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Thousands of NHS workers are ‘too stressed or depressed to work’

Between December 2017 and November 2018 NHS staff took 17.7 million sick days.

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Mental health condition such as stress, anxiety, depression make up 4.2 million sick days.

Figure from NHS Digital have revealed that thousands of NHS workers are ‘too stressed to work’

Last year between December 2017 and November 2018 NHS workers in England took 17.7 million days sick.

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Mental health condition such as stress, anxiety and depression made up 4.2 million of these days. This is more than double the amount of days taken for musculoskeletal conditions or a cold.

This news comes only weeks after we revealed that an upward trend in sickness absence days has coincided with a rise in demand for NHS services and a vacancy rate at an all-time high.

Urgent action is needed.

Unison claims that the intolerable working conditions seen throughout the health service are pushing NHS employees to the brink. They warn that without urgent action – the situation. could only worsen.

Helga Pile, Deputy Head of Health for the Union said; “Chronic staff shortages mean NHS employees are routinely asked to do more with fewer resources as they desperately try to keep the service afloat,”

“The government urgently needs to invest in the NHS to cut staff shortages and reduce burnout, and workers who have anxiety, depression and stress must get rapid access to mental health support services.”

Barriers to disclosure.

MIND claims that many healthcare workers are worried about being deemed unfit to practice if they ask for help.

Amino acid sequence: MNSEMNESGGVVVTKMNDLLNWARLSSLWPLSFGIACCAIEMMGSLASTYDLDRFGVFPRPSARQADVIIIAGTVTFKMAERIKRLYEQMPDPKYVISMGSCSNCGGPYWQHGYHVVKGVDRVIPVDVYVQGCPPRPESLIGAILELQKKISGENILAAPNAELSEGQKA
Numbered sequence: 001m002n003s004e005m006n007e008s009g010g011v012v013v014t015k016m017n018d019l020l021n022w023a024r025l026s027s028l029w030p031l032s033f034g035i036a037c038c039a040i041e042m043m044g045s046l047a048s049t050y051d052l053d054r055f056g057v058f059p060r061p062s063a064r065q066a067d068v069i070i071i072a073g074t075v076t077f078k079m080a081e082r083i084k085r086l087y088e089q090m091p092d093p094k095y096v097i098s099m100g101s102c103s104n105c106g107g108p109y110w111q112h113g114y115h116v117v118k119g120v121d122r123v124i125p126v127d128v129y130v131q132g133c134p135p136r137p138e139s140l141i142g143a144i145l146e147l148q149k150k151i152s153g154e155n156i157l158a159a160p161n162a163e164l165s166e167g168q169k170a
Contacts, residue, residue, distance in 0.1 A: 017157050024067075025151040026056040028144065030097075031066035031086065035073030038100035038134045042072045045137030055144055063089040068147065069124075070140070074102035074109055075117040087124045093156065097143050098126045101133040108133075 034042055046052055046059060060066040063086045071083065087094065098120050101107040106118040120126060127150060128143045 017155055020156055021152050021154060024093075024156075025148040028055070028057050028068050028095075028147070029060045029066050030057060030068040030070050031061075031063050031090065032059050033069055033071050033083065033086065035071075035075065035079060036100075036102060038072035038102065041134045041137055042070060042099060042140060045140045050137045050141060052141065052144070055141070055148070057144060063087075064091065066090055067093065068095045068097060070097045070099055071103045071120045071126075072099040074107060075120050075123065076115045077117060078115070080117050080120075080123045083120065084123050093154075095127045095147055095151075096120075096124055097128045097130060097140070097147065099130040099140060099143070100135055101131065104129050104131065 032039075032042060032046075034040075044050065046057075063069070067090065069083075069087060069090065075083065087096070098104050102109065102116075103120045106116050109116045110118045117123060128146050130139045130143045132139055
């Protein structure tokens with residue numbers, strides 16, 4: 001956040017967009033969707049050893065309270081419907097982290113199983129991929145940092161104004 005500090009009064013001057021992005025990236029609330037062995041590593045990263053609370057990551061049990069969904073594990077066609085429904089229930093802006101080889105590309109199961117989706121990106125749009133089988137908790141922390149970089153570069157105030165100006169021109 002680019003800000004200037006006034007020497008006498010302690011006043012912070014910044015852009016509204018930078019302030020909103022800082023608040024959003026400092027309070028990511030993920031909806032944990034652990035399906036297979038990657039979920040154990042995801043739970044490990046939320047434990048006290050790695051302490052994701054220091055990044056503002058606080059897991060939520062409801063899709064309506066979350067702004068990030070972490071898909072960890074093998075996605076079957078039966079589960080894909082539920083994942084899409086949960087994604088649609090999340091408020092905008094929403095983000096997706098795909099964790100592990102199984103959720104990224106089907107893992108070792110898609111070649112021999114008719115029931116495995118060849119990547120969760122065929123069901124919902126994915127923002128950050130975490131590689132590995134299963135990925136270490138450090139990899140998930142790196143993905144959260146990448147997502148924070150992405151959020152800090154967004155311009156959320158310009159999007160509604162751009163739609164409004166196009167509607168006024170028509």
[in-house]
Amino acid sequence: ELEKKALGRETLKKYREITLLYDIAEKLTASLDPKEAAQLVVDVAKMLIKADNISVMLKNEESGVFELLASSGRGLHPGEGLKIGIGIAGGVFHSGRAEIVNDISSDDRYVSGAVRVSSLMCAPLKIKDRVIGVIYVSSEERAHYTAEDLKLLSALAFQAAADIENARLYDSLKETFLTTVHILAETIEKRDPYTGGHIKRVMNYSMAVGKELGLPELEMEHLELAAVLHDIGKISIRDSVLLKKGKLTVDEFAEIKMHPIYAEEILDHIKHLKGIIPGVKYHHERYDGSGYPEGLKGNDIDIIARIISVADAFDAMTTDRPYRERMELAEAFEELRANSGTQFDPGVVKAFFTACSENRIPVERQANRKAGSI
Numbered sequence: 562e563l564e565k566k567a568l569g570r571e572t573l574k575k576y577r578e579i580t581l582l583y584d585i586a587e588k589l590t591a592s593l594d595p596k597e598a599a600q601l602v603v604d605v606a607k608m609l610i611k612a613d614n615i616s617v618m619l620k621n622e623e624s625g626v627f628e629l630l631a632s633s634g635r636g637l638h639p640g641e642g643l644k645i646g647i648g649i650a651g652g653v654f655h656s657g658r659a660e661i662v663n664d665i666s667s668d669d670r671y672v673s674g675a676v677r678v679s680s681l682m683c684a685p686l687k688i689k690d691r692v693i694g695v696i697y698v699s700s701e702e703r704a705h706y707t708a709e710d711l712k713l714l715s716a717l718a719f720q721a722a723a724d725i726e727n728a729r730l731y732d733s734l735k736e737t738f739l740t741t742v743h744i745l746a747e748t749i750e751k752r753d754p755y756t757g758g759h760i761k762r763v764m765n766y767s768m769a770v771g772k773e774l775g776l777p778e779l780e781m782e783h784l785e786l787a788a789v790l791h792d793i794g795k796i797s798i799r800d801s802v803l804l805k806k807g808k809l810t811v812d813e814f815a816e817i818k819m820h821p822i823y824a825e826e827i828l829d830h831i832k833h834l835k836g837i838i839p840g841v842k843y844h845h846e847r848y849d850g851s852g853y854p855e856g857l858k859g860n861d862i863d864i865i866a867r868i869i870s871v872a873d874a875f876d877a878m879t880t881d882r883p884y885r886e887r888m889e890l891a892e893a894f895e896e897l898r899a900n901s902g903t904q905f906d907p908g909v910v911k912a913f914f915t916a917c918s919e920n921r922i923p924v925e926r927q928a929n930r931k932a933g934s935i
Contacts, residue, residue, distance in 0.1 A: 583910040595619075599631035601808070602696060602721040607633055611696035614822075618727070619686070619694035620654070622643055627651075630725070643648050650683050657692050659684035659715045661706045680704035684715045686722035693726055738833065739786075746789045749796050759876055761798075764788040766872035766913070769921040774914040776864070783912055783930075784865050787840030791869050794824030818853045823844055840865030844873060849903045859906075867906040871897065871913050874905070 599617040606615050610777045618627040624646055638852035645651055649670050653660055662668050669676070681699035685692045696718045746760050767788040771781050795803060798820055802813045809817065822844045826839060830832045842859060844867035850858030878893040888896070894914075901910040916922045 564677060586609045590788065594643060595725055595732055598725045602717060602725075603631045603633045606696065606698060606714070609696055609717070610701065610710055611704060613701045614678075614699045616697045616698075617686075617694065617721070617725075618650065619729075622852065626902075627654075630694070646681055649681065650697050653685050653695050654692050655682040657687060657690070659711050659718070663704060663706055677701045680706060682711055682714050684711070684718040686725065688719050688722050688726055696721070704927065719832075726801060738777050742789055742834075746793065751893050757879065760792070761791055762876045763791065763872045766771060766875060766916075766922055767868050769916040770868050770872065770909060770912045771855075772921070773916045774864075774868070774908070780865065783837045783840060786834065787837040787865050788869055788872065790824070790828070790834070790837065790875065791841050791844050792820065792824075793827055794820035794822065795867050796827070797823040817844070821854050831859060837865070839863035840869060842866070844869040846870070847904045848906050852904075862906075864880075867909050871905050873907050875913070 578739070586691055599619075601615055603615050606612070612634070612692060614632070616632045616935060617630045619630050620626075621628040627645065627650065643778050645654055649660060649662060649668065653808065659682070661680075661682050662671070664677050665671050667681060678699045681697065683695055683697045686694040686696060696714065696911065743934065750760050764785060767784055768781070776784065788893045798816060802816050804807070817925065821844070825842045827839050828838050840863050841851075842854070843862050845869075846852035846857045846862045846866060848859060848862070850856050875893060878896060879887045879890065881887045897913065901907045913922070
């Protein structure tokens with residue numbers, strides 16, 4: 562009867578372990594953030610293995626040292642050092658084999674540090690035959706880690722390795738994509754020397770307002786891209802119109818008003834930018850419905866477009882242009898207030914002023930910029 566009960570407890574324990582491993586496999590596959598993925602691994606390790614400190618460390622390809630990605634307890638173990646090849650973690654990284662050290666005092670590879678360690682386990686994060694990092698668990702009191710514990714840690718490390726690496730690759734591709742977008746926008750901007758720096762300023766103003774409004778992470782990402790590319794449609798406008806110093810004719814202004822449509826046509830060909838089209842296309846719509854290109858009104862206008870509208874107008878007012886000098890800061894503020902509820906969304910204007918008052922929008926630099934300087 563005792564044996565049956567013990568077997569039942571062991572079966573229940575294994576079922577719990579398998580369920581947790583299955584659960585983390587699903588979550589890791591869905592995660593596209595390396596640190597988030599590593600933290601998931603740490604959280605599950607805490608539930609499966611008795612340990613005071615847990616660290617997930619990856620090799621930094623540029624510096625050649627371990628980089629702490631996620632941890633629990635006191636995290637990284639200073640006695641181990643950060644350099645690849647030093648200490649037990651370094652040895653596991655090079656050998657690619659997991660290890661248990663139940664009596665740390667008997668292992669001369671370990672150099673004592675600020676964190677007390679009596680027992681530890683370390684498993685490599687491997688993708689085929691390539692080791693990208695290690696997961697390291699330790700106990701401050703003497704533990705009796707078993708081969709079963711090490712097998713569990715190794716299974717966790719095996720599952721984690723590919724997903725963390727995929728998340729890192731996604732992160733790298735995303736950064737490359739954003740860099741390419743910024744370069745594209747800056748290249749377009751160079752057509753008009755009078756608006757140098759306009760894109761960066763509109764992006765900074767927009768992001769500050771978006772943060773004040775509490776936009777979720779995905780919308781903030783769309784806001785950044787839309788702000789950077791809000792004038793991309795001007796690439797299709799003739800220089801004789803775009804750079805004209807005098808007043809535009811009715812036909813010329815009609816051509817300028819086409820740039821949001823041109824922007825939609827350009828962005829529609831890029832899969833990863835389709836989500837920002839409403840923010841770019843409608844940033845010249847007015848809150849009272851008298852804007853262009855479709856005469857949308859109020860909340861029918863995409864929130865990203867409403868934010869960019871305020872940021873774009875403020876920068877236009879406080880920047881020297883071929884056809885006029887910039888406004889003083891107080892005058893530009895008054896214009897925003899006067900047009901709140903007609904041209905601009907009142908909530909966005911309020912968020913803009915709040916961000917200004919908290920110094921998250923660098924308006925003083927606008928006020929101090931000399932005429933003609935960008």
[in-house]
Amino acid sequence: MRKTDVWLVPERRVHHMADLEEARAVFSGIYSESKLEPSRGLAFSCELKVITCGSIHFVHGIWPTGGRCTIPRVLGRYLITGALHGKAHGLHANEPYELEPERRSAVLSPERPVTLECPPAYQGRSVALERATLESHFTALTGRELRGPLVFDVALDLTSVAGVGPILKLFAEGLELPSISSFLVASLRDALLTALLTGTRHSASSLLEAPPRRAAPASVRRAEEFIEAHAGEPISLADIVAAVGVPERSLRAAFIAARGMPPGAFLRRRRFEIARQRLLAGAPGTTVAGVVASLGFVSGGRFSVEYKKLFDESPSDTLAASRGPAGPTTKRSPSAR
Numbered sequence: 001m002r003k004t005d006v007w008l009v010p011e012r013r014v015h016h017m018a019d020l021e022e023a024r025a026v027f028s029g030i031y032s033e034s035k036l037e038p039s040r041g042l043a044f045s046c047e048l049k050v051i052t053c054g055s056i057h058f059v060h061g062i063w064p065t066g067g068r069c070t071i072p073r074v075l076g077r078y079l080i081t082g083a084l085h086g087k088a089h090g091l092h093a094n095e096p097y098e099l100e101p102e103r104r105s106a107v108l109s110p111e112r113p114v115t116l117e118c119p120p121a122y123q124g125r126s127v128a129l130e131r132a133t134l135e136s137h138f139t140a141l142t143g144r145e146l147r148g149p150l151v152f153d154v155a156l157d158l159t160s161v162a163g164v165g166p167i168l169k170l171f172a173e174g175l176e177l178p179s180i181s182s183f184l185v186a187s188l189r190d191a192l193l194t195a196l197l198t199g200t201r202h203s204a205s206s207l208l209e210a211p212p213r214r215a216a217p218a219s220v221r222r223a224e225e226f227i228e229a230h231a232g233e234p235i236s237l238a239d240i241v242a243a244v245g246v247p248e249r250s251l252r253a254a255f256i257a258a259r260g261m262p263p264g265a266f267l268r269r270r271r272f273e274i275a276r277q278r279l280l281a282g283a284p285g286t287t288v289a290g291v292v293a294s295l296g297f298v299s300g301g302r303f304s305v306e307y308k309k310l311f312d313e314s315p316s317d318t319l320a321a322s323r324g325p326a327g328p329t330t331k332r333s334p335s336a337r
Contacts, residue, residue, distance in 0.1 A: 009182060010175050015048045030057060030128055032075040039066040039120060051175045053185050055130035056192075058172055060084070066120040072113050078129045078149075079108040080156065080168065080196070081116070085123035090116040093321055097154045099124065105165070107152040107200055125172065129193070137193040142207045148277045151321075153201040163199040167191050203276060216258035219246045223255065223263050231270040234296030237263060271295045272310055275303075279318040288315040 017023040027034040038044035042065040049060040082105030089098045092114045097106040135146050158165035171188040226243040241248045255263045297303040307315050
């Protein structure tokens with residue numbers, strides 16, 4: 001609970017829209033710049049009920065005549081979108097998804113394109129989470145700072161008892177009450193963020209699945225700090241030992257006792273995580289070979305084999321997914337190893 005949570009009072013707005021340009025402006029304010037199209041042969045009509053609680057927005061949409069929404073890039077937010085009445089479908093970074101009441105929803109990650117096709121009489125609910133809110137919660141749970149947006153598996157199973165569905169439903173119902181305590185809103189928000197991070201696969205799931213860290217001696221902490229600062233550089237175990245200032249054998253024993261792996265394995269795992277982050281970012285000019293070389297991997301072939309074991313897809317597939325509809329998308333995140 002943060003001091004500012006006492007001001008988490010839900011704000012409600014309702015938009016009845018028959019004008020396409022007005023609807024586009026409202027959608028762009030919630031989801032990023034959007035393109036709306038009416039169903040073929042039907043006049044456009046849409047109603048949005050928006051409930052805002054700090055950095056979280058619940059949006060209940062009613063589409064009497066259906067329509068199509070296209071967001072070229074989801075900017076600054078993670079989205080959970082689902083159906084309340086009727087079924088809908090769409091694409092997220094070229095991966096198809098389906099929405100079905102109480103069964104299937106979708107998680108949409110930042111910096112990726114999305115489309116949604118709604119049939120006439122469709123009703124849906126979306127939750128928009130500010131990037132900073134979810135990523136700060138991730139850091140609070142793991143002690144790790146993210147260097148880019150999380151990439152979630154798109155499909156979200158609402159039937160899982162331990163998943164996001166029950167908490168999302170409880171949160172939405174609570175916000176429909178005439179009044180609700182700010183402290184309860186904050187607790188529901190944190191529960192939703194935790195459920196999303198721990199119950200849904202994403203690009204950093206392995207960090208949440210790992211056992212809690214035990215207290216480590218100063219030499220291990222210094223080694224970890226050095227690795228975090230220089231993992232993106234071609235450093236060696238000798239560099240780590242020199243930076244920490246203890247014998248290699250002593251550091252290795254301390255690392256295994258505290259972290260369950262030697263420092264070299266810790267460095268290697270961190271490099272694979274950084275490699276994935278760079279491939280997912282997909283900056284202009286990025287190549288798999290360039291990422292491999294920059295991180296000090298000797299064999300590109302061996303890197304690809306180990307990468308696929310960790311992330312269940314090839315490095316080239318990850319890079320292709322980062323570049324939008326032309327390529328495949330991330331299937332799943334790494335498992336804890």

Emma Mamo, Head of Workplace Wellbeing at the Charity, said; “We know there can be particular barriers for healthcare staff when disclosing a mental health problem to their employer, such as fears about being deemed unfit to practise,”

“Those of us with mental health problems can and do make a valuable contribution to the workplace, it just means some of us might need extra support from time to time.”

Workforce

Patient safety in danger unless nurse numbers increased, warns RCN

The college is encouraging people to speak out about the impact of England’s nurse shortage.

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There have only been an extra 9,894 nurses recruited to NHS hospitals since 2013.

The shortage of nursing staff in England is putting patient safety in danger, the Royal College of Nursing (RCN) warns today as it use the first World Patient Safety Day to launch a new campaign.

The campaign encourages the people to speak out about the potentially devastating impact of the nursing shortage.

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There are an estimated 40,000 unfilled nursing vacancies in England alone.

It calls for legislation to be brought forward in England to help address the nursing workforce crisis. Earlier this year, nurses and support workers in Scotland secured new legislation on safe staffing levels after a nurse staffing law was introduced in Wales in 2016.

There are not enough nurses.

A new analysis by the RCN shows that for every one extra nurse NHS acute Trusts in England have managed to recruit in the five years since 2013/14, there were 157 extra admissions to hospital as emergencies or for planned treatment.

Last year the number of extra admissions for every additional nurse taken on increased to 217.  The analysis shows that the extra 9,894 nurses recruited to NHS hospitals since 2013/14 is dwarfed by the additional 1,557,074 admissions over the same period.

Public carried out to mark the campaign launch reveals that 71 per cent of the public think there are not enough nurses to provide safe care to patients and 67 per cent of the public in England wrongly think the Government has a legal responsibility to ensure there are sufficient nursing staff.

The 2013 Francis Report on failings of care Stafford Hospital concluded that the main factor responsible was a significant shortage of nurses at the hospital.

Issuing a stark warning

Dame Donna Kinnair, RCN Chief Executive and General Secretary, said: “Today we’re issuing a stark warning that patient safety is being endangered by nursing shortages.  Staffing shortfalls are never simply numbers on a spreadsheet – they affect real patients in real communities.